I recommend perusing Bill Morris’ commentary at The Millions wherein he laments the direction that New York City has gone since the turn of the 21st century. Apparently the new Whitney Museum in the Meatpacking District, though “not-unattractive,” according to Morris, suggests that the New York of the 90’s – a “gnarly, unpredictable” city that welcomed starving artists – is gone for good. He seems to think that the Whitney Museum’s old accommodations were perfectly serviceable. Now the monster known as The Whitney is molting, shedding its skin like a serpent. The Met, another venerable art institution in the city, will allegedly lease the museum’s old building. Morris continues:
“So in addition to being expensive, the new Whitney is unnecessary, a luxury item in a city awash with rich people and their luxury items, a wickedly telling monument to contemporary New York’s get-rich-or-get-out ethos. In that sense, it’s the perfect expression of its moment.”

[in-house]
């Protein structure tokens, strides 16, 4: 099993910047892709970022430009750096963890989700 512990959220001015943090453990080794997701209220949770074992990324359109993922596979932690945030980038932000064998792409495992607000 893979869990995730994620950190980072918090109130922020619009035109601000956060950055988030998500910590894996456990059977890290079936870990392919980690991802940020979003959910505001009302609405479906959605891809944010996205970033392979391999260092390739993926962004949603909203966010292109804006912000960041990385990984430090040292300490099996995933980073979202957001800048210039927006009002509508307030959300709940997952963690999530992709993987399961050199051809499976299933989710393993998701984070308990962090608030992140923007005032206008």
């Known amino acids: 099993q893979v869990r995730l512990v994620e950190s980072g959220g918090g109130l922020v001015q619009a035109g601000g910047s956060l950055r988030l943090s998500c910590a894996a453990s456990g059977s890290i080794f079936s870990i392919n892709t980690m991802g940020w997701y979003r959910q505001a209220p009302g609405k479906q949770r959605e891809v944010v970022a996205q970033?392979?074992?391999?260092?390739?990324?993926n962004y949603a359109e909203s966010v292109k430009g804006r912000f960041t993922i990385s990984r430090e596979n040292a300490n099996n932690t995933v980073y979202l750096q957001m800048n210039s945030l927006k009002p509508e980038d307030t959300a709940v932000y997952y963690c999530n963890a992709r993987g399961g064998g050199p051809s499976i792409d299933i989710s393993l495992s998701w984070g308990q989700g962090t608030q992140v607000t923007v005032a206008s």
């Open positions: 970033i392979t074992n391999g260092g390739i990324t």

Although I don’t live in the city proper (too expensive… I have not as yet found a landlord willing to accept hair dolls as compensation) and I don’t at the moment possess adequate funds for entry to the new Whitney (my next $22 goes to my ghostwriter to pay for a carpet cleaning intended to mitigate all the hair, for which I take full responsibility), you can bet, dear reader, that I will feast my bloodshot eyes upon this gleaming edifice from a distance.
Because really, there is nothing that captures my attention more than a shiny bauble.
Oh, look over there! A traffic light! Pardon me. I must investigate, forthwith.
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